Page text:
“There is something in this madhouse that I symbolize—
This city—nightmare—black—“
                                   He wakes in sweat
To the terrible moonlight and what might be
Silence. It drones like wires far beyond the roofs,
And the long curtains blow into the room.


Aspects of Robinson

Robinson at cards at the Algonquin: a thin
Blue light comes down once more outside the blinds.
Gray men in overcoats are ghosts blown past the door.
The taxis streak the avenues with yellow, orange, and red.
This is Grand Central, Mr. Robinson.

Robinson on a roof above the Heights; the boats
Mourn like the lost. Water is slate, far down.
Through sounds of ice cubes dropped in glass, an osteopath,
Dressed for the links, describes an old Intourist tour.
—Here’s where old Gibbons jumped from, Robinson.

Robinson walking in the Park, admiring the elephant.
Robinson buying the Tribune, Robinson buying the Times.
     Robinson
Saying, “Hello. Yes, this is Robinson. Sunday
At five? I’d love to. Pretty well. And you?”
Robinson alone at Longchamps, staring at the wall.

Robinson afraid, drunk, sobbing Robinson
In bed with a Mrs. Morse. Robinson at home;
Decisions: Toynbee or luminol? Where the sun
Shines, Robinson in flowered trunks, eyes toward
The breakers. Where the night ends, Robinson in East Side bars.

Robinson in Glen plaid jacket, Scotch-grain shoes,
Black four-in-hand and oxford button-down,
The jeweled and silent watch that winds itself, the brief-
Case, covert topcoat, clothes for spring, all covering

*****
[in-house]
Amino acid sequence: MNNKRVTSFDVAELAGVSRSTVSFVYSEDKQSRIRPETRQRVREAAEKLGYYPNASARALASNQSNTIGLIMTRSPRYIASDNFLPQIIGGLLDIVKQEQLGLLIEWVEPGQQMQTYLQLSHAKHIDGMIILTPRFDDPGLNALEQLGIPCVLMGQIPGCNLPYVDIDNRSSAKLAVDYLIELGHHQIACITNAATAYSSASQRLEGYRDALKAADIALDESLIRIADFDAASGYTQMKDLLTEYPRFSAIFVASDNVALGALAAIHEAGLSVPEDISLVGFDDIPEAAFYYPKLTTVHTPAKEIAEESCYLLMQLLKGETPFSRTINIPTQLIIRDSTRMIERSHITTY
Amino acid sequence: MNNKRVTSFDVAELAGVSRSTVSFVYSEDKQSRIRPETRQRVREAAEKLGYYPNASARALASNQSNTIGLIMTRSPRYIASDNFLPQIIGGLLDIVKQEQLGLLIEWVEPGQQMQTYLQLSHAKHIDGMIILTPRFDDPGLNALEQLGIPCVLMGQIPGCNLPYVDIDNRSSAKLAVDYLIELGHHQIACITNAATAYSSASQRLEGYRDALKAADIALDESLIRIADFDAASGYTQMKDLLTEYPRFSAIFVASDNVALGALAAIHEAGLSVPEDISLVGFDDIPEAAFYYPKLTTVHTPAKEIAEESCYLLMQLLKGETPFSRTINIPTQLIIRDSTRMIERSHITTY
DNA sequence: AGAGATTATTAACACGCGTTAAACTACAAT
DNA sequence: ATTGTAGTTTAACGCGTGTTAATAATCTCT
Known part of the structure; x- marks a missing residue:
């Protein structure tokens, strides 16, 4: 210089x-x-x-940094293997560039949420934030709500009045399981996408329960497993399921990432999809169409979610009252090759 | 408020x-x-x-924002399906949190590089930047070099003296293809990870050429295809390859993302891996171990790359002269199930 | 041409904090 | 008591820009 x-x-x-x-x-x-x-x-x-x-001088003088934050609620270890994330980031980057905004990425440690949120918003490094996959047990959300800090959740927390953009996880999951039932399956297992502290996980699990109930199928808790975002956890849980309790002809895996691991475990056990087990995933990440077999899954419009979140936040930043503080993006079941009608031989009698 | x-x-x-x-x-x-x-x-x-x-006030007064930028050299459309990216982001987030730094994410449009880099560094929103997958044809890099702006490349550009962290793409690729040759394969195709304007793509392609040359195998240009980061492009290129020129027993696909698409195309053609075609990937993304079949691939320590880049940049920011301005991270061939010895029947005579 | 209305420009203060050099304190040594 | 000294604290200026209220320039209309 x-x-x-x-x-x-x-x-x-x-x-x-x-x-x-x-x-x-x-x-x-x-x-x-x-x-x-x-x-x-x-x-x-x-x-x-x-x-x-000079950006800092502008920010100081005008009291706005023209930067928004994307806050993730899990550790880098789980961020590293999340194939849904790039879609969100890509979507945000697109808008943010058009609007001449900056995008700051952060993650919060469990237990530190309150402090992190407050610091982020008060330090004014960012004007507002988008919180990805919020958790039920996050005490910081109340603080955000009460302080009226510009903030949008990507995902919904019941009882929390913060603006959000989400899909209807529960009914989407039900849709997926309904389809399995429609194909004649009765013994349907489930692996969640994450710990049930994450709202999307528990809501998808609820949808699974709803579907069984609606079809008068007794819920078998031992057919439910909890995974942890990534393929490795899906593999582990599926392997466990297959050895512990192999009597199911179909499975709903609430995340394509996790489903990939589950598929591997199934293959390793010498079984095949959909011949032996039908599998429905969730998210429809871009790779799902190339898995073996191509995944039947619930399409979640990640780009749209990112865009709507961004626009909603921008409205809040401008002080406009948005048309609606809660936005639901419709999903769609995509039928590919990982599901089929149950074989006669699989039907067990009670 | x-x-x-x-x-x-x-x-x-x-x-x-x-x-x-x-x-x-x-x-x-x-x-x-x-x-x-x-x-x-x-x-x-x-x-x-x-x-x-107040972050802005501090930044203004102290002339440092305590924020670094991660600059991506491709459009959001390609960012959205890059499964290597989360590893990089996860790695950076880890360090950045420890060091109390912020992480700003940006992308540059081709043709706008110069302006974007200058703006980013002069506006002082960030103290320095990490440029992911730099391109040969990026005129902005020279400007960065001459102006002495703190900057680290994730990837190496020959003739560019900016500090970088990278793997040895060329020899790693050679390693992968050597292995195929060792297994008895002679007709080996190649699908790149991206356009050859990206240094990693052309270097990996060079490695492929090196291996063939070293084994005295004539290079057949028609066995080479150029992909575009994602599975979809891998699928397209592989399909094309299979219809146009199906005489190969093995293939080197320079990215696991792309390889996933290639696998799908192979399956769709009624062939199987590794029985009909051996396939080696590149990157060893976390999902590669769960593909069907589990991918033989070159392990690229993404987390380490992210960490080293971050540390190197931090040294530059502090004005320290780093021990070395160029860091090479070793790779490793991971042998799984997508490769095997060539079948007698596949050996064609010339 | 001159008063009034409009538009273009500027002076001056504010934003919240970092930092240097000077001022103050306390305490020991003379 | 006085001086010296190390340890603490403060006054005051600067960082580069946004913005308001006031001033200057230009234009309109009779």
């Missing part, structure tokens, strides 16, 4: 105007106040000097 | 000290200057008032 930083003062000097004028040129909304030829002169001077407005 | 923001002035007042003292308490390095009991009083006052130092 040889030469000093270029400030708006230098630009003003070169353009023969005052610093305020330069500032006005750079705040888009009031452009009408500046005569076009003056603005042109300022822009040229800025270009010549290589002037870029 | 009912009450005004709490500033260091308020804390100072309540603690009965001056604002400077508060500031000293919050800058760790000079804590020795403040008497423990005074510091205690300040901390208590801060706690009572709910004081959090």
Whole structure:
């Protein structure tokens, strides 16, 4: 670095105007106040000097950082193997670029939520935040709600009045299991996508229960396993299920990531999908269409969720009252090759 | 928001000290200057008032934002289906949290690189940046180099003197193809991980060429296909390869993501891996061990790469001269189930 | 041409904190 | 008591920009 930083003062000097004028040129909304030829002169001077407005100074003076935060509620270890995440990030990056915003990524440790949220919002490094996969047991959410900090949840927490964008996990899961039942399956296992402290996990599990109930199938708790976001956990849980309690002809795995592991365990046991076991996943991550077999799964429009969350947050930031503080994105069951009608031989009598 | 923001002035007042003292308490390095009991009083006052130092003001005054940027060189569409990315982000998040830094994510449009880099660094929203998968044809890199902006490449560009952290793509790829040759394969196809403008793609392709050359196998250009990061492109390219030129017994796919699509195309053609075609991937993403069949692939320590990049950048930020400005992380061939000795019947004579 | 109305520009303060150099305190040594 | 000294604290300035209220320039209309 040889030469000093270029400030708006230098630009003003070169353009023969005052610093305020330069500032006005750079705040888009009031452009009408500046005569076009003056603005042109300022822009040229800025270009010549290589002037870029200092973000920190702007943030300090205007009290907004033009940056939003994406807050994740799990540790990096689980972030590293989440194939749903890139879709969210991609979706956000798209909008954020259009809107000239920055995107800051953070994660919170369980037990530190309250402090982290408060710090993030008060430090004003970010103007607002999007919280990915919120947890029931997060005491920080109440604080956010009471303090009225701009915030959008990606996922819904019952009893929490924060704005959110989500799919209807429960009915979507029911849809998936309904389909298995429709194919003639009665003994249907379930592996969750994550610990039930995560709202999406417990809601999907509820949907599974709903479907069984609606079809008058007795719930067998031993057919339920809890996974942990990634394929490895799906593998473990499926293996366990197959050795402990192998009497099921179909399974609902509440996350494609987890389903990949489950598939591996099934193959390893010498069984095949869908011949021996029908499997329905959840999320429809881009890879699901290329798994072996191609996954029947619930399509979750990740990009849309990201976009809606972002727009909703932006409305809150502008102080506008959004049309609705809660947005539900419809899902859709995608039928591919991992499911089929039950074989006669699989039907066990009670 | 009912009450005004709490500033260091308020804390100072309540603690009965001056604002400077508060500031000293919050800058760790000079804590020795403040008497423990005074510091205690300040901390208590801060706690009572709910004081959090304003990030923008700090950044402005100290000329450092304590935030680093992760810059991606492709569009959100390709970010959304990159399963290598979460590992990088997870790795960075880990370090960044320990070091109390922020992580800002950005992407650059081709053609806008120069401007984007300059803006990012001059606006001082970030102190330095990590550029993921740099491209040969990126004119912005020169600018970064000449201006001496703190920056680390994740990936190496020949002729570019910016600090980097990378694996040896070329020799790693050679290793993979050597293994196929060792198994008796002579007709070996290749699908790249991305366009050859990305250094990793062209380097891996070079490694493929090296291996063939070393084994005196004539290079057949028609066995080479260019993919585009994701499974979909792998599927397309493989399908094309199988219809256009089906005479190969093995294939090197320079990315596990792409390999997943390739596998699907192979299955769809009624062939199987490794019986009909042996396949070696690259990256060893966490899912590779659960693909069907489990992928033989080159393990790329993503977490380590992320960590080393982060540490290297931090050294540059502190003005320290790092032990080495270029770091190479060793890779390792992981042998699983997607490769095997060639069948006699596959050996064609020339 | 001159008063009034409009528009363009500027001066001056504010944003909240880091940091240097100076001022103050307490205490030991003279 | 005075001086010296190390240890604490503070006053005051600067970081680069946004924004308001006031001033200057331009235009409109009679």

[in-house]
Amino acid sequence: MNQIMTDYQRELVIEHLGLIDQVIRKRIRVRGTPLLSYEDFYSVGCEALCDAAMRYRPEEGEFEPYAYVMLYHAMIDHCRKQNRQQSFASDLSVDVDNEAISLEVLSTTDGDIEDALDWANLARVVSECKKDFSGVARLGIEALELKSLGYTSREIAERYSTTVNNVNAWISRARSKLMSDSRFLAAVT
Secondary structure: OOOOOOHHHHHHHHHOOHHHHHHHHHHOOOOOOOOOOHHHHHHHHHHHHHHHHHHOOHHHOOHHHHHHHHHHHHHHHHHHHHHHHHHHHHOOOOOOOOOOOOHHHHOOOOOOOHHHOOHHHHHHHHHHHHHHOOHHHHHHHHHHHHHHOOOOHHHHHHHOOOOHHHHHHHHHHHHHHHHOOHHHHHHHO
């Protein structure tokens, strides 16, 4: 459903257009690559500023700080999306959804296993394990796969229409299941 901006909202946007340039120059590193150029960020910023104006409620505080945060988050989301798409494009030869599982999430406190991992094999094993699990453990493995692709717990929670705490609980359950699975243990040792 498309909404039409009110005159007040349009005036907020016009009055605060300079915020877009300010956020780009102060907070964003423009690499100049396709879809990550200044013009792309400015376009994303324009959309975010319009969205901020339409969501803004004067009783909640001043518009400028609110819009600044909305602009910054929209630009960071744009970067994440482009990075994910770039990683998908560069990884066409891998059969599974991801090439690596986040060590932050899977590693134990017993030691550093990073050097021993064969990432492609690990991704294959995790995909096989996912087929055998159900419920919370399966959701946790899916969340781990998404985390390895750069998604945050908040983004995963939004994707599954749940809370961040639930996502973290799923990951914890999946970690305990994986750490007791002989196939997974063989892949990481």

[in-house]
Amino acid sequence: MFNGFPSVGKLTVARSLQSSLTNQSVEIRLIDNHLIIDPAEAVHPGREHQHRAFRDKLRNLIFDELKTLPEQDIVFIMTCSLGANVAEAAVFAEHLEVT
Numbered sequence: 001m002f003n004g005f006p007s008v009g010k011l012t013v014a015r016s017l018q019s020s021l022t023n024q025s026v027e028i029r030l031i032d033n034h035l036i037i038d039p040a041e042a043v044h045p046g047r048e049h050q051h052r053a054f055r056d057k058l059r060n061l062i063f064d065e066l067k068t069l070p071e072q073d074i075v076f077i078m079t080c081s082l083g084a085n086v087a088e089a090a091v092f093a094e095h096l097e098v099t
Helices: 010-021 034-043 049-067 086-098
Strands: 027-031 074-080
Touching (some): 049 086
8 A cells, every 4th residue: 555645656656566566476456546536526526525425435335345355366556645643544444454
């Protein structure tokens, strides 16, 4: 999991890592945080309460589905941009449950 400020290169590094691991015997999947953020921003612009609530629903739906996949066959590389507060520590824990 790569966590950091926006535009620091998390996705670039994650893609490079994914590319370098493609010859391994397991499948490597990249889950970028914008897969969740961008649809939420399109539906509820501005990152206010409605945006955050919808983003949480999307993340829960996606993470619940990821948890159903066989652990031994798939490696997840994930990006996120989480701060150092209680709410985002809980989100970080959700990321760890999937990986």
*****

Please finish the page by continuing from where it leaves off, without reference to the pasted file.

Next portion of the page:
His sad and usual heart, dry as a winter leaf.


Relating to Robinson

Somewhere in Chelsea, early summer;
And, walking in the twilight toward the docks,
I thought I made out Robinson ahead of me.

From an uncurtained second-story room, a radio
Was playing There’s a Small Hotel; a kite
Twisted above dark rooftops and slow drifting birds.
We were alone there, he and I,
Inhabiting the empty street.

Under a sign for Natural Bloom Cigars,
While lights clicked softly in the dusk from red to green,
He stopped and gazed into a window
Where a plastic Venus, modeling a truss,
Looked out at Eastbound traffic. (But Robinson,
I knew, was out of town: he summers at a place in Maine,
Sometimes on Fire Island, sometimes the Cape,
Leaves town in June and comes back after Labor Day.)
And yet, I almost called out, “Robinson!”

There was no chance. Just as I passed,
Turning my head to search his face,
His own head turned with mine
And fixed me with dilated, terrifying eyes
That stopped my blood. His voice
Came at me like an echo in the dark.

“I thought I saw the whirlpool opening.
Kicked all night at a bolted door.
You must have followed me from Astor Place.
An empty paper floats down at the last.

And then a day as huge as yesterday in pairs
Unrolled its horror on my face
Until it blocked—”
Running in sweat
To reach the docks, I turned back
For a second glance. I had no certainty,
There in the dark, that it was Robinson
Or someone else.
                               The block was bare. The Venus,
Bathed in blue fluorescent light,
Stared toward the river. As I hurried West,
The lights across the bay were coming on.
The boats moved silently and the low whistles blew.


The Coming of the Plague

September was when it began.
Locusts dying in the fields; our dogs
Silent, moving like shadows on a wall;
And strange worms crawling; flies of a kind
We had never seen before; huge vineyard moths;
Badgers and snakes, abandoning
Their holes in the field; the fruit gone rotten;
Queer fungi sprouting; the fields and woods
Covered with spiderwebs; black vapors
Rising from the earth—all these,
And more, began that fall. Ravens flew round
The hospital in pairs. Where there was water,
We could hear the sound of beating clothes
All through the night. We could not count
All the miscarriages, the quarrels, the jealousies.
And one day in a field I saw
A swarm of frogs, swollen and hideous,
Hundreds upon hundreds, sitting on each other,
Huddled together, silent, ominous,
And heard the sound of rushing wind.